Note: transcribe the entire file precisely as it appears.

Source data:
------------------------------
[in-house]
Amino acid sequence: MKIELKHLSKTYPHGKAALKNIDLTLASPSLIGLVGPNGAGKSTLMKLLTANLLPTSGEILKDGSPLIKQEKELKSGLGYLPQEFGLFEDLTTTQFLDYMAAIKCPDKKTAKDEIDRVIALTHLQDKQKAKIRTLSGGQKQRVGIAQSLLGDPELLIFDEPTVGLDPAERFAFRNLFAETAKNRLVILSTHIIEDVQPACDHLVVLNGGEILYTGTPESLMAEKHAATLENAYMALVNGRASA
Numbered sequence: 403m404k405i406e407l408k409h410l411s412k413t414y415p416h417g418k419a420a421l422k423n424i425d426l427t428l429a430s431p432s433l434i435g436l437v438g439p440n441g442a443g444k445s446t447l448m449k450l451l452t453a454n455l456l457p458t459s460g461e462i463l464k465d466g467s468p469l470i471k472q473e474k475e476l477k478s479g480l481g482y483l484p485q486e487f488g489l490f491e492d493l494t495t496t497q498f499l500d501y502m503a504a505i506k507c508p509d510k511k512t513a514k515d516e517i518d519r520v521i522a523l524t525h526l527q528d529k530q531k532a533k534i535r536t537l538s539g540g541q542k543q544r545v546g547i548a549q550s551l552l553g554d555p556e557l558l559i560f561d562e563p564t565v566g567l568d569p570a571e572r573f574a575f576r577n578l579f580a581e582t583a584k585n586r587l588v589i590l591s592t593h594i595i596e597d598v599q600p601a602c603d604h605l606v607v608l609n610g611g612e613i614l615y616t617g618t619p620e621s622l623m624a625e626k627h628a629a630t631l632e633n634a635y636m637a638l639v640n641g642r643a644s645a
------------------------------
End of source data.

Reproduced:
[in-house]
Amino acid sequence: MKIELKHLSKTYPHGKAALKNIDLTLASPSLIGLVGPNGAGKSTLMKLLTANLLPTSGEILKDGSPLIKQEKELKSGLGYLPQEFGLFEDLTTTQFLDYMAAIKCPDKKTAKDEIDRVIALTHLQDKQKAKIRTLSGGQKQRVGIAQSLLGDPELLIFDEPTVGLDPAERFAFRNLFAETAKNRLVILSTHIIEDVQPACDHLVVLNGGEILYTGTPESLMAEKHAATLENAYMALVNGRASA
Numbered sequence: 403m404k405i406e407l408k409h410l411s412k413t414y415p416h417g418k419a420a421l422k423n424i425d426l427t428l429a430s431p432s433l434i435g436l437v438g439p440n441g442a443g444k445s446t447l448m449k450l451l452t453a454n455l456l457p458t459s460g461e462i463l464k465d466g467s468p469l470i471k472q473e474k475e476l477k478s479g480l481g482y483l484p485q486e487f488g489l490f491e492d493l494t495t496t497q498f499l500d501y502m503a504a505i506k507c508p509d510k511k512t513a514k515d516e517i518d519r520v521i522a523l524t525h526l527q528d529k530q531k532a533k534i535r536t537l538s539g540g541q542k543q544r545v546g547i548a549q550s551l552l553g554d555p556e557l558l559i560f561d562e563p564t565v566g567l568d569p570a571e572r573f574a575f576r577n578l579f580a581e582t583a584k585n586r587l588v589i590l591s592t593h594i595i596e597d598v599q600p601a602c603d604h605l606v607v608l609n610g611g612e613i614l615y616t617g618t619p620e621s622l623m624a625e626k627h628a629a630t631l632e633n634a635y636m637a638l639v640n641g642r643a644s645a